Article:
The Utilization of Client-Based Service-Learning in Emergency Management Graduate Curricula for the 21st Century

Abstract

As we enter the second decade of the 21st century, the climate of catastrophic disasters and terrorist incidents continues to place demands upon professionals in the field of emergency management. This case study explores the perceptions of former graduate students, clients, and professors in gaining insight into how essential client-based service learning is to the preparedness of emergency management professionals enrolled in a Master of Public Administration in Emergency and Disaster Management program. The study assesses the use of this pedagogy by conducting in-depth interviews, focus groups, and observations. Limited research is available on the application and impact of client-based service learning as part of the current delivery practices found today in emergency management masters curricula.

Findings offer direction in future delivery practices and the challenges that occur among student, client and institutions of higher education offering emergency management programs. Students apply scholarship through the implementation of learned theories to practical problems for organizations in emergency preparedness planning. Client organizations and graduate students collaborate and share resources to produce common goals in the form of deliverables such as reports, plans and assessments.

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Author(s)

Thomas J. Carey, III

Thomas Carey, Ed.D., is an Adjunct Professor at both Monmouth University and Metropolitan College of New York. He instructs undergraduate students in the foundations of intelligence in homeland security policy and practice at Monmouth University. At the Metropolitan College of New York, Dr. Carey develops curriculum and instructs graduate students in the applications of hazard analysis, disaster preparedness and recovery procedures. His research interests include the utilization of client-based service learning and experiential learning pedagogies in emergency management and homeland security curricula.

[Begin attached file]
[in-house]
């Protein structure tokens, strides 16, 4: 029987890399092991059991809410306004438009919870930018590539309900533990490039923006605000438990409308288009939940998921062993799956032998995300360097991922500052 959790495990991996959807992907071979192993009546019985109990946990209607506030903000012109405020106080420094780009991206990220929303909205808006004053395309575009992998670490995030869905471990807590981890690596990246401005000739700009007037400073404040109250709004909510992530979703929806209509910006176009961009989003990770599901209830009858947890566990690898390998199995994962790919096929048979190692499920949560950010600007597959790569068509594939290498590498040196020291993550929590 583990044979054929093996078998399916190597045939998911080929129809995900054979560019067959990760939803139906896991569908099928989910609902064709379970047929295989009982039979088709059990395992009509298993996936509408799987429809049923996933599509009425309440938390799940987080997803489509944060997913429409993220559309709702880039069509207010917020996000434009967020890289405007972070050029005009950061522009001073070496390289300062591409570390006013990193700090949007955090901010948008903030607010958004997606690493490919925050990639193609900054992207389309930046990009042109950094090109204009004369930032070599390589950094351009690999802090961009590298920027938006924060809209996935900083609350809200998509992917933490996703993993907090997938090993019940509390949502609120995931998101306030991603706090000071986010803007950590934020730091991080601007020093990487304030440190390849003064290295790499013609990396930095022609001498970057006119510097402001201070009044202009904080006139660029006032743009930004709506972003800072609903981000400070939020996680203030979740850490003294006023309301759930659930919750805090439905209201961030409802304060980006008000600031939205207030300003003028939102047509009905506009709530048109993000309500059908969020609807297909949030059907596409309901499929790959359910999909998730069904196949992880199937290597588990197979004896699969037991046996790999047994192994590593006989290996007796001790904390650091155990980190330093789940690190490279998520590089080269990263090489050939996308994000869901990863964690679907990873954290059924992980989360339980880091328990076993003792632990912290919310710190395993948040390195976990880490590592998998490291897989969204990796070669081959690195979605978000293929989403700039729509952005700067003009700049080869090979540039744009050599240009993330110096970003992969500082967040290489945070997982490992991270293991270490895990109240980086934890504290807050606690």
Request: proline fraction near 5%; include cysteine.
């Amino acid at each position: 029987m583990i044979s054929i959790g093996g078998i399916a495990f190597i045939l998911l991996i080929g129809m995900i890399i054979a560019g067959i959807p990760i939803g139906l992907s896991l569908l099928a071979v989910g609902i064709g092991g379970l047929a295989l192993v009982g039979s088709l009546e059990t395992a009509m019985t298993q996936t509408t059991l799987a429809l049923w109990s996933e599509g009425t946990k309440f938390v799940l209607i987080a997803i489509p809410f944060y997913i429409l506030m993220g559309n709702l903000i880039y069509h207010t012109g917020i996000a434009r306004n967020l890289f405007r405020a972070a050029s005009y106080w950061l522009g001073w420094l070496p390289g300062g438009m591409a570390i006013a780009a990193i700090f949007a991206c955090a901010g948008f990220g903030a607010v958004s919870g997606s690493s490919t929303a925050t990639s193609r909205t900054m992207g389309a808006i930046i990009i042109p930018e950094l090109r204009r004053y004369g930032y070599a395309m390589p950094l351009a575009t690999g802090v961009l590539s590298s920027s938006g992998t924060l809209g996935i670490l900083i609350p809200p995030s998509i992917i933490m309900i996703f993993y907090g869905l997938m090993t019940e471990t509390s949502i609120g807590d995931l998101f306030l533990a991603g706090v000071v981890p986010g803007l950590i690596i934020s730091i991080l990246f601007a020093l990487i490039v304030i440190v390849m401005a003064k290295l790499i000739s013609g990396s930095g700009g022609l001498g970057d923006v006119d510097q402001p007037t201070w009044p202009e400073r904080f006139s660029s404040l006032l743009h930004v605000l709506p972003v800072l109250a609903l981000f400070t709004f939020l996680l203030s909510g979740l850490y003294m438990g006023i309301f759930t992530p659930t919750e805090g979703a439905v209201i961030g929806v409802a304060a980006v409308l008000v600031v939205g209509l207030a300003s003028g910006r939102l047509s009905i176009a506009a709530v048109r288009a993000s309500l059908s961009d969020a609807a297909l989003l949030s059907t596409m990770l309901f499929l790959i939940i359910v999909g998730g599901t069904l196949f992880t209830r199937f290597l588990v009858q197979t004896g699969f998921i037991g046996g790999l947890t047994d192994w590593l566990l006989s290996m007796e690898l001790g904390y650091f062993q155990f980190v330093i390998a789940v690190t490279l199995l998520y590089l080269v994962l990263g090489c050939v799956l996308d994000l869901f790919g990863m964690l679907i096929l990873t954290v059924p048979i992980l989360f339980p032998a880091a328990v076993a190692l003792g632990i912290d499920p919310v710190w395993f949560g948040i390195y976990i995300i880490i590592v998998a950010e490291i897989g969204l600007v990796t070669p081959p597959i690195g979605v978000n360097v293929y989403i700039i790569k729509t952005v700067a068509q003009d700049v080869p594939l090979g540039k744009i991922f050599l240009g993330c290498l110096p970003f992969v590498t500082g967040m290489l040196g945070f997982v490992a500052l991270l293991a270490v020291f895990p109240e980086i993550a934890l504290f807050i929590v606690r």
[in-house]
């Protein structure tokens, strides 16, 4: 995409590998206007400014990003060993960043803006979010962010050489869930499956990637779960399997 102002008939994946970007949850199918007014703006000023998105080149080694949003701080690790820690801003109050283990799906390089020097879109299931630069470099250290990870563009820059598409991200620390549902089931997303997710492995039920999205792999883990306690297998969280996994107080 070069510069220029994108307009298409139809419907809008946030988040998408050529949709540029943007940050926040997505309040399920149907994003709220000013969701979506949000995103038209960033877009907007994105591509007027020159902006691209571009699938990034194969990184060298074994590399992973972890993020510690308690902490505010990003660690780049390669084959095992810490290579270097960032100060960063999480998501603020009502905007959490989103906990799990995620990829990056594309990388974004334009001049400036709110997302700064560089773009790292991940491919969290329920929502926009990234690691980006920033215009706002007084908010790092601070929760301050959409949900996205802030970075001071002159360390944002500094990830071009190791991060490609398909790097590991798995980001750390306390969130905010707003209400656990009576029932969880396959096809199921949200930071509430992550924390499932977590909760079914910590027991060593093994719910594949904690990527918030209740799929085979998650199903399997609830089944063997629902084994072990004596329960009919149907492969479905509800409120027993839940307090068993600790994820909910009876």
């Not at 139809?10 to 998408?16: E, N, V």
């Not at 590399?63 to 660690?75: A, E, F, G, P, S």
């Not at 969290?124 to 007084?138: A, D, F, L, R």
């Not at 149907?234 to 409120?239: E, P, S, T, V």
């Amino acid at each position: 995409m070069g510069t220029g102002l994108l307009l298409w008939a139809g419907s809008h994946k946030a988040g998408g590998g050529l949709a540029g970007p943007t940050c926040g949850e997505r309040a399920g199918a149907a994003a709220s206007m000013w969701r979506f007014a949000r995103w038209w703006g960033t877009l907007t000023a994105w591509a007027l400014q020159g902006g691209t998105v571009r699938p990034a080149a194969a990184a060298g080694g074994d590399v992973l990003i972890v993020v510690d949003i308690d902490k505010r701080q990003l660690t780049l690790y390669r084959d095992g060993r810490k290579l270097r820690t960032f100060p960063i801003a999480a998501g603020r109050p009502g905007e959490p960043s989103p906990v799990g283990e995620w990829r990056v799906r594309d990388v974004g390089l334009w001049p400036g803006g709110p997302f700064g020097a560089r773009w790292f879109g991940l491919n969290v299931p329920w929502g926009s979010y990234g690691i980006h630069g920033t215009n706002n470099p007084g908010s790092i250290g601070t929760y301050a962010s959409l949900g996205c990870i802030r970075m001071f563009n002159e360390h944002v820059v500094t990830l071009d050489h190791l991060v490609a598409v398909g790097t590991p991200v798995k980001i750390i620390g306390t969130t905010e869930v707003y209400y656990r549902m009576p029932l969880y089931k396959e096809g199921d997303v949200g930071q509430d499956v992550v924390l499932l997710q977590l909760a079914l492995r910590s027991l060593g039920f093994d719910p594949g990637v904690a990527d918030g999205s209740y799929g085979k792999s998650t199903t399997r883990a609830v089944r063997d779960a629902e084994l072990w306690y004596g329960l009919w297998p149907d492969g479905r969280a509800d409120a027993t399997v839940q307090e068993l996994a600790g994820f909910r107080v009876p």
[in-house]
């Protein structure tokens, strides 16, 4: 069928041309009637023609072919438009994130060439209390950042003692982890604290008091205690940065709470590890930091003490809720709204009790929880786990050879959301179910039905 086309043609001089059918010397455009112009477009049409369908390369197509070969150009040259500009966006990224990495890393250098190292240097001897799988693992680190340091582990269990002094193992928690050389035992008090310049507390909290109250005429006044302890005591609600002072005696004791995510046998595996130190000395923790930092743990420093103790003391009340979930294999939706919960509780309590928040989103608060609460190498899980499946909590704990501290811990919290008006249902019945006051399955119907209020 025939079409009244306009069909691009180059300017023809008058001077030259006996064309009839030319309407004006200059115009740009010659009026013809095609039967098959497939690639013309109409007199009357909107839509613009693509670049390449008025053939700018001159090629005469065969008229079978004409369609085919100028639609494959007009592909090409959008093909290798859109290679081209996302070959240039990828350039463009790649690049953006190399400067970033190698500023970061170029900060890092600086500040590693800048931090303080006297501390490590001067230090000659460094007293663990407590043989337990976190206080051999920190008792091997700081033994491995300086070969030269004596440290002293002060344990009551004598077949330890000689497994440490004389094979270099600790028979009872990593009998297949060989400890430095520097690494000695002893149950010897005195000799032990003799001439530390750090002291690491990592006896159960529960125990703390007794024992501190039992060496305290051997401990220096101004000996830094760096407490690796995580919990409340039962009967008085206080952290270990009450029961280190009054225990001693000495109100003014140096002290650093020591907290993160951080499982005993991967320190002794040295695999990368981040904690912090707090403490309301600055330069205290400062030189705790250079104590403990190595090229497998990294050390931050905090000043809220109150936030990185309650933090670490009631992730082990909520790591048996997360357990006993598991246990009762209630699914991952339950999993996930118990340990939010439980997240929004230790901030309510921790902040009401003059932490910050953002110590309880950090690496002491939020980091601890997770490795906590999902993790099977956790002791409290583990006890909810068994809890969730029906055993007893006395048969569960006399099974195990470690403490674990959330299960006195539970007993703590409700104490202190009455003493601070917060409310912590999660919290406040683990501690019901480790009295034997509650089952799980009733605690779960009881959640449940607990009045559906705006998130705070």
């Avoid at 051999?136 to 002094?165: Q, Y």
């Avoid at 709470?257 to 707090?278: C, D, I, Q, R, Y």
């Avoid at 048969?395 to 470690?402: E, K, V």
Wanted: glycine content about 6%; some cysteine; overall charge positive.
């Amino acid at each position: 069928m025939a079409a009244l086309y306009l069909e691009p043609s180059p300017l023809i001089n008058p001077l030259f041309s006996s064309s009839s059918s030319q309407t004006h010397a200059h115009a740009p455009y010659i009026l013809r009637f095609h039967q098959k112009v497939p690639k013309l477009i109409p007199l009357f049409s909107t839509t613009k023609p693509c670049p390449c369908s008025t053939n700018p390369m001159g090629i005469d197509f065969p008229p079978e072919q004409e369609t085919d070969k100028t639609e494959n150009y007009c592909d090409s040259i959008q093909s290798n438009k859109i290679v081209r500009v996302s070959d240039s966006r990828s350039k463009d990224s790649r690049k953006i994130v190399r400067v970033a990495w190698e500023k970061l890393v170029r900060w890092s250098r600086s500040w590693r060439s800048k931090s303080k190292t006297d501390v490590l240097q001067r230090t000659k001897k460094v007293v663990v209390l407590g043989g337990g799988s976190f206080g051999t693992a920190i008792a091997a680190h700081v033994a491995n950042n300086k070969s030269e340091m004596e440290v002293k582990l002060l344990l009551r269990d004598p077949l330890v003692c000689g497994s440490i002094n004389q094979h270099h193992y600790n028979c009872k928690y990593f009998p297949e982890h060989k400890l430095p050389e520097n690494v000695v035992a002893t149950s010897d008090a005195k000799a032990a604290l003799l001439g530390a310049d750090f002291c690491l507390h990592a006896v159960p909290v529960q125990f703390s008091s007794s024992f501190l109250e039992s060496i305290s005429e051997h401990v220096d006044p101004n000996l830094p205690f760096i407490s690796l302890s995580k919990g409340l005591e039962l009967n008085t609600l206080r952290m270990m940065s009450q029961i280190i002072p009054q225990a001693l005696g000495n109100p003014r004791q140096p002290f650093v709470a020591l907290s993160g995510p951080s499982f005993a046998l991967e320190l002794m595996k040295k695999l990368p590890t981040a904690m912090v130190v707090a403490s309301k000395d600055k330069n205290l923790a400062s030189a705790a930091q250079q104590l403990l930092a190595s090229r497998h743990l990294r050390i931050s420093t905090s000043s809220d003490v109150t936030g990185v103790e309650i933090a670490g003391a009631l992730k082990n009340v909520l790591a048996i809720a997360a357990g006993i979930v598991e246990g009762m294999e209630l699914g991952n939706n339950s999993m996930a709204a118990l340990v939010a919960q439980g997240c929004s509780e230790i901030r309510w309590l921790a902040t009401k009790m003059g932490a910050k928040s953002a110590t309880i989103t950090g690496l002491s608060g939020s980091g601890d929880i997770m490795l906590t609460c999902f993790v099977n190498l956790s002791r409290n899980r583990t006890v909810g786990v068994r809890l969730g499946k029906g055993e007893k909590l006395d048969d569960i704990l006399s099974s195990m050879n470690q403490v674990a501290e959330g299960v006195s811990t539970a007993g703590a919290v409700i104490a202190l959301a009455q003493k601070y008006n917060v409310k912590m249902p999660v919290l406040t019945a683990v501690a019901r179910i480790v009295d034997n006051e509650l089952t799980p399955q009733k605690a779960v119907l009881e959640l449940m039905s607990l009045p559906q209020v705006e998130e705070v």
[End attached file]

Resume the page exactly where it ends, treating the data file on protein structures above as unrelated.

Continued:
In 2016, Dr. Carey was awarded the Exemplary Performance in Service Award by St. John Fisher College for originality and appropriateness of leadership research, as well as the technical competence for his dissertation work. Additionally, this research was presented at the 18th FEMA Higher Education Symposium in Emmitsburg, MD.

Dr. Carey has spent 23 years in the NYPD as a supervisor in various investigative and training assignments. His combined military service includes 27 years in the New York Army National Guard and U.S. Army achieving the rank of Sergeant Major. He is also a combat veteran of the Operation Iraqi Freedom campaign. His professional career includes work as an operations and intelligence manager, emergency manager, project manager, counter-terrorism liaison and police instructor.

Professional Certifications held include the Certified Protection Professional (CPP) awarded by the American Society of Industrial Security and the Certified Emergency Manager (CEM) awarded by the International Association of Emergency Managers.

Suggested Citation

Carey, T. J. (2018). The utilization of client-based service-learning in emergency management graduate curricula for the 21st century. Journal of Homeland Security Education, 7, 13-28. http://www.journalhse.org/v7-carey.html